YREKA, November 9- John HARMON, a prominent business man of Yreka and Miss Lelia HAWKINS, daughter of a Siskiyou County pioneer, were married in Santa Barbara on Wednesday of this week.

  A wedding of a prominent Yreka couple will be celebrated to-morrow when Miss Helen J. STAPLE will become the wife of Dr. F.J. McNULTY, a leading physician of Yreka. Miss Staple taught two years in the Siskiyou County High School and is a young woman of many accomplishments.

                IN TEHAMA COUNTY

RED BLUFF, November 9 - Marriage licenses were issued during the week as follows: Charles OWENS and Hazel GRUNDY, both of Corning; Ora WILLARD, of Antelope Valley, and Minnie Gertrude BROWN, of Red Bluff; Robert J. HALL and Miss Willie La Villa NORRIS, both of Lyonsville; Lawrence W. LARSON and Stella B. STENIER, both of Red Bluff; John P. FREITAS and Mrs. L.B. NUNES, both of Red Bluff; William D. ROSS and Mary E. DRINKWATER, both of Hayfork; John C. BARNEY, of Anderson, and Neva CRENSHAW, of Manton.


                THOUSAND ACRES

Easterner Will Plant Alfalfa on Land in Glenn County

WILLOWS (Glenn Co.), November 9 - The Bee correspondent was informed by reliable parties yesterday that an Easterner had come to the county and had purchased and got options on land aggregating 1,000 acres, and that already a carload of alfalfa seed was on the road from an Eastern State, all of which will be planted in Glenn County. The land to be planted is all along the Sacramento River, and will be irrigated by water from the river canal.



Has Filed Condemnation Suits In Glenn For Rights Of Way

WILLOWS (Glenn Co.), November 8 - The Shasta Southern Railway Company of California has filed a suit in the Superior Court of this county to obtain a decree of condemnation for a right of way for a railway of standard gauge against Samuel JONES, Joseph BILLIOU, Sarah E. CHAMBERS, Mississippi Trust Company and others. It seems that the Shasta Southern desires to build a road through the lands of the above named people, but failed to be able to secure a right of way. Where the case will be tried is not as yet known.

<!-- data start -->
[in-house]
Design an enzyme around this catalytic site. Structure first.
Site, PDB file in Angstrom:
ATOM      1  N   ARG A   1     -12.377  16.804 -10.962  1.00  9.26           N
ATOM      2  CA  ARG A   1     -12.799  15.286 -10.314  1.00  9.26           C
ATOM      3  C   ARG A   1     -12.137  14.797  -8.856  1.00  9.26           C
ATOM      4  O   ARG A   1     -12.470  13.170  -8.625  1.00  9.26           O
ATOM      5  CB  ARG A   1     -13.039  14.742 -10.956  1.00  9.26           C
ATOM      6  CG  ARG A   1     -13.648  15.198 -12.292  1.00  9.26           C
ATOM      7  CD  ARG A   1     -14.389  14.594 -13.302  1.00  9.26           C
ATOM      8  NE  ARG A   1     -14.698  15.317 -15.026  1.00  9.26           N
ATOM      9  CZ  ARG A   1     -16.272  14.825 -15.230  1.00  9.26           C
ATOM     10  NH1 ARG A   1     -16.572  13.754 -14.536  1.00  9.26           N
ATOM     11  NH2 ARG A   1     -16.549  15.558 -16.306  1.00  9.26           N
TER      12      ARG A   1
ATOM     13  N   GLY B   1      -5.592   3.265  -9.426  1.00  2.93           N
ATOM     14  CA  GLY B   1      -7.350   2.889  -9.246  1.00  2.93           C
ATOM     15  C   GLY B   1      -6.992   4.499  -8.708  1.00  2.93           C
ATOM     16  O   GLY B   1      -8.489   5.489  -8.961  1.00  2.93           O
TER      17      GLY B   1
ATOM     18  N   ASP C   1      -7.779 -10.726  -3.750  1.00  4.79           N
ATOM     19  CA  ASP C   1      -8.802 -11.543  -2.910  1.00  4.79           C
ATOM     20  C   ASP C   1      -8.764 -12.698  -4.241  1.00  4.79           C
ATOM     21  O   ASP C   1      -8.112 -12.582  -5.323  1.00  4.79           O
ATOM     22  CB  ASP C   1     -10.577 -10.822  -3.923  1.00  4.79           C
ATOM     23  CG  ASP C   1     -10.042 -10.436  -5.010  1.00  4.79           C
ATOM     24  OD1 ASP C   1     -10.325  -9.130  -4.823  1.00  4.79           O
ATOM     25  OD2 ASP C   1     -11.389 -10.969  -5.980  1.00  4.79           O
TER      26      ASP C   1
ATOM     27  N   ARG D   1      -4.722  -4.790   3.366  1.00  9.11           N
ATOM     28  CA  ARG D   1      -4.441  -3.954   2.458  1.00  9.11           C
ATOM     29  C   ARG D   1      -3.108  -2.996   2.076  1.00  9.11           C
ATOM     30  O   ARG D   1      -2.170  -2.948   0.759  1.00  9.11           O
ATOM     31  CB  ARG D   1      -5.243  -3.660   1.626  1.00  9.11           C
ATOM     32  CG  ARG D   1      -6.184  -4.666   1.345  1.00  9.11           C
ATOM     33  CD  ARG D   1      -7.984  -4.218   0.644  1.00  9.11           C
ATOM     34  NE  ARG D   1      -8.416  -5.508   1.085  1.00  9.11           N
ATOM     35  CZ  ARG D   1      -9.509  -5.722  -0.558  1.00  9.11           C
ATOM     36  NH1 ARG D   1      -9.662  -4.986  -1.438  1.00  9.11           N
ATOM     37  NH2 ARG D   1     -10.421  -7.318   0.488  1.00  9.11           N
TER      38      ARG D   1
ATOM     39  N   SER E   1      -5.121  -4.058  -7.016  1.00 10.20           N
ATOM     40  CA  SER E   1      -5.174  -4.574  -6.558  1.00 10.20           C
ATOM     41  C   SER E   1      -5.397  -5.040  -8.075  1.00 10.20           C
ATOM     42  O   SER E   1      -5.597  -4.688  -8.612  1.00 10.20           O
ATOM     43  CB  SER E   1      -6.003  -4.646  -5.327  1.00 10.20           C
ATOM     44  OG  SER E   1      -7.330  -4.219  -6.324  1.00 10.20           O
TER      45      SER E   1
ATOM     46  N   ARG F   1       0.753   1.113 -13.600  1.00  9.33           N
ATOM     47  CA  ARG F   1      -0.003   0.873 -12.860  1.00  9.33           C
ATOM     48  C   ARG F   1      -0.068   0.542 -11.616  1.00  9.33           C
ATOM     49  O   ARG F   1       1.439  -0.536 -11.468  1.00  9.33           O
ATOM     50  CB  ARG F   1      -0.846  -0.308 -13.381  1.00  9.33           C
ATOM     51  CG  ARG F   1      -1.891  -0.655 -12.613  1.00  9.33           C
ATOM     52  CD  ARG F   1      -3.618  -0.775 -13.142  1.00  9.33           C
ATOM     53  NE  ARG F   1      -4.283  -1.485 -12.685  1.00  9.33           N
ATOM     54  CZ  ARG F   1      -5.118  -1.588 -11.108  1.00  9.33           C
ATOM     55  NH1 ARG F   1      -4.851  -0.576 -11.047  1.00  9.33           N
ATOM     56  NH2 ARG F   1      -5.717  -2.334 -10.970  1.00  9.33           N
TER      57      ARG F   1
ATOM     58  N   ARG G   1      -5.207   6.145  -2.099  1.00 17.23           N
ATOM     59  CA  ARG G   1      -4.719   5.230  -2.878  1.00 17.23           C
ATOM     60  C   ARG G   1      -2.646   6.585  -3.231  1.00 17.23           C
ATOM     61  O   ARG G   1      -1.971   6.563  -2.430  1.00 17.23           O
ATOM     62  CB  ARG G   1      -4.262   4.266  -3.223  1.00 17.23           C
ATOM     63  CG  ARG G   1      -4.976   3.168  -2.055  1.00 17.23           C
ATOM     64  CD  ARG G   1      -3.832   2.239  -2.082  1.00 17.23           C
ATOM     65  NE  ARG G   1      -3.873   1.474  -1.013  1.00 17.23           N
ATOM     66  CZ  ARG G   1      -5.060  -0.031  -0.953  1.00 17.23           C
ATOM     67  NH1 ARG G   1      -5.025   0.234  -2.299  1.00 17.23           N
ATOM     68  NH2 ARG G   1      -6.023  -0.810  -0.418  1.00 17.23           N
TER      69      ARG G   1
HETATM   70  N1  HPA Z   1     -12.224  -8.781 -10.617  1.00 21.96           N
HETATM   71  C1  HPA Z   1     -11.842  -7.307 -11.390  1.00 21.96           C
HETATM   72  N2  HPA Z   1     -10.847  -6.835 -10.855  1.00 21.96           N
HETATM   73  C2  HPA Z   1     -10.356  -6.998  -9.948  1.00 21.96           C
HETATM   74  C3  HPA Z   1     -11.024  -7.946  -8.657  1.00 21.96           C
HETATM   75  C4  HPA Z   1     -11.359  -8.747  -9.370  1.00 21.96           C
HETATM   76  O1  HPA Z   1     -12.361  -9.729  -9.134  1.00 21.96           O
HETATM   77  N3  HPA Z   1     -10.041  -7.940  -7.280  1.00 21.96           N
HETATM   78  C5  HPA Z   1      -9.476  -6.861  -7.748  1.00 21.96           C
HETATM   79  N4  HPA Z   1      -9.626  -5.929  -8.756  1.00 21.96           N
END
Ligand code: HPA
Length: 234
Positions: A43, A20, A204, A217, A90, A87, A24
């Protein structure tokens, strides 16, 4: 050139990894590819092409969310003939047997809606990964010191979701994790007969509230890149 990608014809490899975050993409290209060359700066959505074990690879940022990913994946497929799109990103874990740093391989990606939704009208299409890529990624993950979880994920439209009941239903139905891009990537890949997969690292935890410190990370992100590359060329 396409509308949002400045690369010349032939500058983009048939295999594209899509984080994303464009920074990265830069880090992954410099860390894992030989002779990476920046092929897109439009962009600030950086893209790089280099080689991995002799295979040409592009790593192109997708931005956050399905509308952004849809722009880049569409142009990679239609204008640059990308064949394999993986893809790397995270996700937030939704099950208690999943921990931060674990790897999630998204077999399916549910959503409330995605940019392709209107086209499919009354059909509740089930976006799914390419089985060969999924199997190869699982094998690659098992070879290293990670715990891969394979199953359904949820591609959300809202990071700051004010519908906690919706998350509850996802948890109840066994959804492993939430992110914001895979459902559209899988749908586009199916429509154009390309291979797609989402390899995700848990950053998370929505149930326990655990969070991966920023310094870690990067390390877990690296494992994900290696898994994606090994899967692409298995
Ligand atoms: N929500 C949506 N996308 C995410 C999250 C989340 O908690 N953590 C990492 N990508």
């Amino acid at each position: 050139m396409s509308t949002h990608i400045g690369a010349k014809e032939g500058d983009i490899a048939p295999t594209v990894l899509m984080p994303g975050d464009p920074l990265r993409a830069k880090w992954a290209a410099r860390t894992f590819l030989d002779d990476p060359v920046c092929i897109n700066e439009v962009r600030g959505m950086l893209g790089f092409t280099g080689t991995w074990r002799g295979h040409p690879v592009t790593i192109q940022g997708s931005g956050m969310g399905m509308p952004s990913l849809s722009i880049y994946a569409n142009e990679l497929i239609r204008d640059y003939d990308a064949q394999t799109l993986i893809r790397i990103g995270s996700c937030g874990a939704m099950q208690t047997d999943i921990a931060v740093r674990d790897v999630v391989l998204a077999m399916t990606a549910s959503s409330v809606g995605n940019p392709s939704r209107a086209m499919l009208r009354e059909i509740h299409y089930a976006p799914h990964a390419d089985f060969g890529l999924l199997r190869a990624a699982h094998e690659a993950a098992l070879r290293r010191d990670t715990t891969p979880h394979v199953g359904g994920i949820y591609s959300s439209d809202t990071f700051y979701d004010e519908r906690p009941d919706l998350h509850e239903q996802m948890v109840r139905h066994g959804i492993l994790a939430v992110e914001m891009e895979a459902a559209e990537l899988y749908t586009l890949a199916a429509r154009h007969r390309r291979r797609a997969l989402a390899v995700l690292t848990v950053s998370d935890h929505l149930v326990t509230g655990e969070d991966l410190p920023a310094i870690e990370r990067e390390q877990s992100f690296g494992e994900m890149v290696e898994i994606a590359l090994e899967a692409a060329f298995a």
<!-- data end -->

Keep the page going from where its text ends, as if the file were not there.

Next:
The Shasta Southern, which is to build an electric railway from Redding south through Tehama and Glenn Counties, has been dormant for some time, since it was sold out. It is now supposed to be owned by the Northern Electric Company, and will connect with that company’s present systems at Hamilton, Colusa and Red Bluff.


                MARYSVILLE GIRLS WON

MARYSVILLE (Yuba Co.), November 9 - By the score of 20 to 3 the Marysville High School basket ball team defeated the Union High School team of Sutter City in Armory Hall last night. The playing of Miss Calla HALE, who excelled in throwing goals, and of Miss Ruth SMITH, both of the local team, were noteworthy features of the game, which was a lively one throughout.

  A social dance followed the playing. The line-up for Marysville was Misses SMITH, HALE, MACE, DIETZ, HEWITT and MARDERS.

 Sutter City - Misses M. LOOSE, OSTROM, R.C. LOOSE, NEWMAN, SMITH and KIRK.